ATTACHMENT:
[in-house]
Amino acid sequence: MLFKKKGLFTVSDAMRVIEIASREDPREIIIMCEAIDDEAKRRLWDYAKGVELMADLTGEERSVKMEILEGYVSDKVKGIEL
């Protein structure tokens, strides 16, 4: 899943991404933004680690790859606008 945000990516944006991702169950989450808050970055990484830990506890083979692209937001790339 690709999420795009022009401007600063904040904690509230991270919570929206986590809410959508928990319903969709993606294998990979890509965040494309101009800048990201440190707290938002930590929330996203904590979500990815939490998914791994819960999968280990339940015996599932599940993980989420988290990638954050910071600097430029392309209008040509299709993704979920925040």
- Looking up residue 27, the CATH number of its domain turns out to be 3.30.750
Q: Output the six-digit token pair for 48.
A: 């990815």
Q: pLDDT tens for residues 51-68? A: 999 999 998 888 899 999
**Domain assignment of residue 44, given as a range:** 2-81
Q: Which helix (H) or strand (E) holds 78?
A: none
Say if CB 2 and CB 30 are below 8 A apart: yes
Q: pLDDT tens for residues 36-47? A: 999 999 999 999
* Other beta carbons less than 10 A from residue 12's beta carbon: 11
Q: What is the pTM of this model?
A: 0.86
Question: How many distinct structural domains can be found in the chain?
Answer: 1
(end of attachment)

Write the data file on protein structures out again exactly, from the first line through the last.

[in-house]
Amino acid sequence: MLFKKKGLFTVSDAMRVIEIASREDPREIIIMCEAIDDEAKRRLWDYAKGVELMADLTGEERSVKMEILEGYVSDKVKGIEL
């Protein structure tokens, strides 16, 4: 899943991404933004680690790859606008 945000990516944006991702169950989450808050970055990484830990506890083979692209937001790339 690709999420795009022009401007600063904040904690509230991270919570929206986590809410959508928990319903969709993606294998990979890509965040494309101009800048990201440190707290938002930590929330996203904590979500990815939490998914791994819960999968280990339940015996599932599940993980989420988290990638954050910071600097430029392309209008040509299709993704979920925040």
- Looking up residue 27, the CATH number of its domain turns out to be 3.30.750
Q: Output the six-digit token pair for 48.
A: 């990815």
Q: pLDDT tens for residues 51-68? A: 999 999 998 888 899 999
**Domain assignment of residue 44, given as a range:** 2-81
Q: Which helix (H) or strand (E) holds 78?
A: none
Say if CB 2 and CB 30 are below 8 A apart: yes
Q: pLDDT tens for residues 36-47? A: 999 999 999 999
* Other beta carbons less than 10 A from residue 12's beta carbon: 11
Q: What is the pTM of this model?
A: 0.86
Question: How many distinct structural domains can be found in the chain?
Answer: 1